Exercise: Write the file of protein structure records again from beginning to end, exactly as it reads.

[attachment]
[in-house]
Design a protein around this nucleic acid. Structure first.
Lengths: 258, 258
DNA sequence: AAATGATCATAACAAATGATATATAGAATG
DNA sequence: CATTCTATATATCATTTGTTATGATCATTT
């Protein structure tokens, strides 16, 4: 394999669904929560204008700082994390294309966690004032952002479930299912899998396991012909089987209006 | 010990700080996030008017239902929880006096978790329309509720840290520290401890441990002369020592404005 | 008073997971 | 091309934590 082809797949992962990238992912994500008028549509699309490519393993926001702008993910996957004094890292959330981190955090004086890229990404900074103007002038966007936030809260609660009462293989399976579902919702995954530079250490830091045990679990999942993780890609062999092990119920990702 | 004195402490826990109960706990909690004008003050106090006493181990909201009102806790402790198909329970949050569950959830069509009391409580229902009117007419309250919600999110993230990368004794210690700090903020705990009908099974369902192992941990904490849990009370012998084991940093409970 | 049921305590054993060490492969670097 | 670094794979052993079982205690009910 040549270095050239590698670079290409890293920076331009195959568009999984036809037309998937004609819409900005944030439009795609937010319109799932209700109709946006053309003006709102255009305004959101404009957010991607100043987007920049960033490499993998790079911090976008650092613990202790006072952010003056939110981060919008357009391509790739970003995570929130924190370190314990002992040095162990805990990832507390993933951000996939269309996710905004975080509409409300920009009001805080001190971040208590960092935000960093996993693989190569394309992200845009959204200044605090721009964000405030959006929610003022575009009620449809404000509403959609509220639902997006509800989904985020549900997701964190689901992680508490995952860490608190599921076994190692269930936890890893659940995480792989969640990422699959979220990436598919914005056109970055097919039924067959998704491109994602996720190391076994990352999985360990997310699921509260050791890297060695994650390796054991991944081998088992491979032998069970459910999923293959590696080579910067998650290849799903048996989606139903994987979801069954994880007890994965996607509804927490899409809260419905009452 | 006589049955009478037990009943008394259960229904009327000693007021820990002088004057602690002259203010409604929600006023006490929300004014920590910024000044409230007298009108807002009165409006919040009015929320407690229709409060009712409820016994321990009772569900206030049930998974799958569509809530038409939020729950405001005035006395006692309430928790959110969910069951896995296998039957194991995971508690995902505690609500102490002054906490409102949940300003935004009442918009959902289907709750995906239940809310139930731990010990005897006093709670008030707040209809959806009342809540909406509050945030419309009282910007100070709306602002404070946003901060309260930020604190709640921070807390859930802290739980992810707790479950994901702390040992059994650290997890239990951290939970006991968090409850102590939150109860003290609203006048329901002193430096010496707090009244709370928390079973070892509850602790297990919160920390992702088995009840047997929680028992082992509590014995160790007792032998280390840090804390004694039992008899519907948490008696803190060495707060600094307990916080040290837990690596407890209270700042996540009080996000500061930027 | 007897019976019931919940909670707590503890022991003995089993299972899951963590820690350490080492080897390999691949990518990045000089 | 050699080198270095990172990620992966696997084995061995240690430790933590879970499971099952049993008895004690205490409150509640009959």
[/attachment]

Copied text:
[in-house]
Design a protein around this nucleic acid. Structure first.
Lengths: 258, 258
DNA sequence: AAATGATCATAACAAATGATATATAGAATG
DNA sequence: CATTCTATATATCATTTGTTATGATCATTT
């Protein structure tokens, strides 16, 4: 394999669904929560204008700082994390294309966690004032952002479930299912899998396991012909089987209006 | 010990700080996030008017239902929880006096978790329309509720840290520290401890441990002369020592404005 | 008073997971 | 091309934590 082809797949992962990238992912994500008028549509699309490519393993926001702008993910996957004094890292959330981190955090004086890229990404900074103007002038966007936030809260609660009462293989399976579902919702995954530079250490830091045990679990999942993780890609062999092990119920990702 | 004195402490826990109960706990909690004008003050106090006493181990909201009102806790402790198909329970949050569950959830069509009391409580229902009117007419309250919600999110993230990368004794210690700090903020705990009908099974369902192992941990904490849990009370012998084991940093409970 | 049921305590054993060490492969670097 | 670094794979052993079982205690009910 040549270095050239590698670079290409890293920076331009195959568009999984036809037309998937004609819409900005944030439009795609937010319109799932209700109709946006053309003006709102255009305004959101404009957010991607100043987007920049960033490499993998790079911090976008650092613990202790006072952010003056939110981060919008357009391509790739970003995570929130924190370190314990002992040095162990805990990832507390993933951000996939269309996710905004975080509409409300920009009001805080001190971040208590960092935000960093996993693989190569394309992200845009959204200044605090721009964000405030959006929610003022575009009620449809404000509403959609509220639902997006509800989904985020549900997701964190689901992680508490995952860490608190599921076994190692269930936890890893659940995480792989969640990422699959979220990436598919914005056109970055097919039924067959998704491109994602996720190391076994990352999985360990997310699921509260050791890297060695994650390796054991991944081998088992491979032998069970459910999923293959590696080579910067998650290849799903048996989606139903994987979801069954994880007890994965996607509804927490899409809260419905009452 | 006589049955009478037990009943008394259960229904009327000693007021820990002088004057602690002259203010409604929600006023006490929300004014920590910024000044409230007298009108807002009165409006919040009015929320407690229709409060009712409820016994321990009772569900206030049930998974799958569509809530038409939020729950405001005035006395006692309430928790959110969910069951896995296998039957194991995971508690995902505690609500102490002054906490409102949940300003935004009442918009959902289907709750995906239940809310139930731990010990005897006093709670008030707040209809959806009342809540909406509050945030419309009282910007100070709306602002404070946003901060309260930020604190709640921070807390859930802290739980992810707790479950994901702390040992059994650290997890239990951290939970006991968090409850102590939150109860003290609203006048329901002193430096010496707090009244709370928390079973070892509850602790297990919160920390992702088995009840047997929680028992082992509590014995160790007792032998280390840090804390004694039992008899519907948490008696803190060495707060600094307990916080040290837990690596407890209270700042996540009080996000500061930027 | 007897019976019931919940909670707590503890022991003995089993299972899951963590820690350490080492080897390999691949990518990045000089 | 050699080198270095990172990620992966696997084995061995240690430790933590879970499971099952049993008895004690205490409150509640009959």